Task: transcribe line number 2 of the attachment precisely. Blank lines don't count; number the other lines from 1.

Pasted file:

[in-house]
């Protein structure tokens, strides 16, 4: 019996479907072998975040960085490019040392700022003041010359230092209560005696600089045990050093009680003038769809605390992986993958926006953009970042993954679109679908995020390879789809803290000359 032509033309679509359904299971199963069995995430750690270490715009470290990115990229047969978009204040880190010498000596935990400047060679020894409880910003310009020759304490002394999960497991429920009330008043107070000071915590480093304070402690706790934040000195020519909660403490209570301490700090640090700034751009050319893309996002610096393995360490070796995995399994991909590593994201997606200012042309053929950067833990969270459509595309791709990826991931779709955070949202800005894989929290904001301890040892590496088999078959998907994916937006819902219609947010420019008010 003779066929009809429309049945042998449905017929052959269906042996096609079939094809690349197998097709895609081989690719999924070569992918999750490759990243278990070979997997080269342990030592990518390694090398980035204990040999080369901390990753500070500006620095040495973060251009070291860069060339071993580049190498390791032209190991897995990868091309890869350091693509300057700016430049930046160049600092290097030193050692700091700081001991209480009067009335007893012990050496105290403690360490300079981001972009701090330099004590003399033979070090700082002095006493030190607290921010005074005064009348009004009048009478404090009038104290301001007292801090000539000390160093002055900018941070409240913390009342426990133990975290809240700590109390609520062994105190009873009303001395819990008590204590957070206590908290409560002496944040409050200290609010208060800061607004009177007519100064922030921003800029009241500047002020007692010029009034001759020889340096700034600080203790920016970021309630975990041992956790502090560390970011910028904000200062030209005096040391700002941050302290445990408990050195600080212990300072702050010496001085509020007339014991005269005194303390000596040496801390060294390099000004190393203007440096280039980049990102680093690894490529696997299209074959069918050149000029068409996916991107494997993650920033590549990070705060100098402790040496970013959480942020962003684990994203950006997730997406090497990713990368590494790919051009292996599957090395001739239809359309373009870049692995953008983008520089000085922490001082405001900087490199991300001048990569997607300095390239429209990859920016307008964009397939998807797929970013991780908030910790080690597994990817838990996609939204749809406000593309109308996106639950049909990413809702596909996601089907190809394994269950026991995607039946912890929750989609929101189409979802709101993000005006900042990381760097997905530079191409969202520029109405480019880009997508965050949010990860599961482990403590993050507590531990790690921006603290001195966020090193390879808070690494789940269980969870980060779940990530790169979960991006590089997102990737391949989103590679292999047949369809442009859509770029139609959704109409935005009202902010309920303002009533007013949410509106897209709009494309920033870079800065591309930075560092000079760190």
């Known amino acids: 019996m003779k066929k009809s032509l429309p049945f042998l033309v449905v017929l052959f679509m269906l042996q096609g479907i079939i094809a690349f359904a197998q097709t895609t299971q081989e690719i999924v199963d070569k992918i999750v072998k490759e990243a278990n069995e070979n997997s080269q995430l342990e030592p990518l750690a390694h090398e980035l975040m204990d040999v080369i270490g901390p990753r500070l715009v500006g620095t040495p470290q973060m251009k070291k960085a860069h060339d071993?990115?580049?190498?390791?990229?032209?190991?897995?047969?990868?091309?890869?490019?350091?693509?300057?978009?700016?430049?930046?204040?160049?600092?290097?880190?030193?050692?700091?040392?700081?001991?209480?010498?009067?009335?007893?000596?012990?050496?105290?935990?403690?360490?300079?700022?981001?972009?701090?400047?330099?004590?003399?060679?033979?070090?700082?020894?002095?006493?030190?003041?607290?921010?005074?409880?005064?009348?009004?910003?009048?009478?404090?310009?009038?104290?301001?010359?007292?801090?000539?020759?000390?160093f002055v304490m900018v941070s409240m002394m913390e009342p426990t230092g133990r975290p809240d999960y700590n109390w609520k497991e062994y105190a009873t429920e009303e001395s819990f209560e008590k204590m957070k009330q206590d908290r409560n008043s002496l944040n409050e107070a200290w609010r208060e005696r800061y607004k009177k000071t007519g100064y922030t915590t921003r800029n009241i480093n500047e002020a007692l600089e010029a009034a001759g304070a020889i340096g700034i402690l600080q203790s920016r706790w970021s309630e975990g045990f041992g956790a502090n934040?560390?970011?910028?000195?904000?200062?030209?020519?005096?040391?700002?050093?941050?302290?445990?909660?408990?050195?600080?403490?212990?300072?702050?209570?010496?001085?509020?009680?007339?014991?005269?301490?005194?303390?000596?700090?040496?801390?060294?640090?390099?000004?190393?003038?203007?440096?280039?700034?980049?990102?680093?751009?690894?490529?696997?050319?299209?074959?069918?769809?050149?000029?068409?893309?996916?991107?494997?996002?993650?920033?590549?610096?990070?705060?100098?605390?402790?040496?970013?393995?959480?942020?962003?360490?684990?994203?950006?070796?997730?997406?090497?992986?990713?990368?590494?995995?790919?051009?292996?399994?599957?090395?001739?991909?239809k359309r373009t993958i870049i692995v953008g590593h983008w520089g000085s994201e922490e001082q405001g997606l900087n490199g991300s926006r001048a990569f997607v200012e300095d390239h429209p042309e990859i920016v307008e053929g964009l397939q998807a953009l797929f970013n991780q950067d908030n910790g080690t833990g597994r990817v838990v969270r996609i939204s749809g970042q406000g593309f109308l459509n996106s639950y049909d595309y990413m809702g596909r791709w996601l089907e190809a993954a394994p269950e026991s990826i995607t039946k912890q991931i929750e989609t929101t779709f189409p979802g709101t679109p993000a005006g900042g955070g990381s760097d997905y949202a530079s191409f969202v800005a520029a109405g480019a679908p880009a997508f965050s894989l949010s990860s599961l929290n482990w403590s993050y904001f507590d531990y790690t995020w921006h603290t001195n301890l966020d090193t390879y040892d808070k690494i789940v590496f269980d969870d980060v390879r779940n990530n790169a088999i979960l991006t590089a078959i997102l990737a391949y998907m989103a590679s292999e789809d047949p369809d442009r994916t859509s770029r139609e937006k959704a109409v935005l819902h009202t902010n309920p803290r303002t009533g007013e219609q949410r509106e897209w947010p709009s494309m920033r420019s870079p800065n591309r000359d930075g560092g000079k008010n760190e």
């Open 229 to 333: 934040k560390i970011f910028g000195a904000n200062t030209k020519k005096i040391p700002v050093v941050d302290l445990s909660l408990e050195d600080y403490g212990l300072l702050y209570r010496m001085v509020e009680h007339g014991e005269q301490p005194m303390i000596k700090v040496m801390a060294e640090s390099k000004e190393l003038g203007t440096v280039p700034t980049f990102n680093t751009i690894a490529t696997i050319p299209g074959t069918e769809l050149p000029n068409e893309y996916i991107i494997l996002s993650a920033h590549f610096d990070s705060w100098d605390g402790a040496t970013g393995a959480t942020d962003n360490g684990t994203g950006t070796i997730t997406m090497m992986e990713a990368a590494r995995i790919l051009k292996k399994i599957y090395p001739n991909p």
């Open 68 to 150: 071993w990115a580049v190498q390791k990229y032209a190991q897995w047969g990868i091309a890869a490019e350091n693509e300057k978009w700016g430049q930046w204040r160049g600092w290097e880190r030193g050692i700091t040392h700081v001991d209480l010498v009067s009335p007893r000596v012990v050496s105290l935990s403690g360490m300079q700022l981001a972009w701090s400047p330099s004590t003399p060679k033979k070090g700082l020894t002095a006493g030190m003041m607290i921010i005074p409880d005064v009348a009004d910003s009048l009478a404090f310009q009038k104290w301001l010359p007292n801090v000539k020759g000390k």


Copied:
């Protein structure tokens, strides 16, 4: 019996479907072998975040960085490019040392700022003041010359230092209560005696600089045990050093009680003038769809605390992986993958926006953009970042993954679109679908995020390879789809803290000359 032509033309679509359904299971199963069995995430750690270490715009470290990115990229047969978009204040880190010498000596935990400047060679020894409880910003310009020759304490002394999960497991429920009330008043107070000071915590480093304070402690706790934040000195020519909660403490209570301490700090640090700034751009050319893309996002610096393995360490070796995995399994991909590593994201997606200012042309053929950067833990969270459509595309791709990826991931779709955070949202800005894989929290904001301890040892590496088999078959998907994916937006819902219609947010420019008010 003779066929009809429309049945042998449905017929052959269906042996096609079939094809690349197998097709895609081989690719999924070569992918999750490759990243278990070979997997080269342990030592990518390694090398980035204990040999080369901390990753500070500006620095040495973060251009070291860069060339071993580049190498390791032209190991897995990868091309890869350091693509300057700016430049930046160049600092290097030193050692700091700081001991209480009067009335007893012990050496105290403690360490300079981001972009701090330099004590003399033979070090700082002095006493030190607290921010005074005064009348009004009048009478404090009038104290301001007292801090000539000390160093002055900018941070409240913390009342426990133990975290809240700590109390609520062994105190009873009303001395819990008590204590957070206590908290409560002496944040409050200290609010208060800061607004009177007519100064922030921003800029009241500047002020007692010029009034001759020889340096700034600080203790920016970021309630975990041992956790502090560390970011910028904000200062030209005096040391700002941050302290445990408990050195600080212990300072702050010496001085509020007339014991005269005194303390000596040496801390060294390099000004190393203007440096280039980049990102680093690894490529696997299209074959069918050149000029068409996916991107494997993650920033590549990070705060100098402790040496970013959480942020962003684990994203950006997730997406090497990713990368590494790919051009292996599957090395001739239809359309373009870049692995953008983008520089000085922490001082405001900087490199991300001048990569997607300095390239429209990859920016307008964009397939998807797929970013991780908030910790080690597994990817838990996609939204749809406000593309109308996106639950049909990413809702596909996601089907190809394994269950026991995607039946912890929750989609929101189409979802709101993000005006900042990381760097997905530079191409969202520029109405480019880009997508965050949010990860599961482990403590993050507590531990790690921006603290001195966020090193390879808070690494789940269980969870980060779940990530790169979960991006590089997102990737391949989103590679292999047949369809442009859509770029139609959704109409935005009202902010309920303002009533007013949410509106897209709009494309920033870079800065591309930075560092000079760190």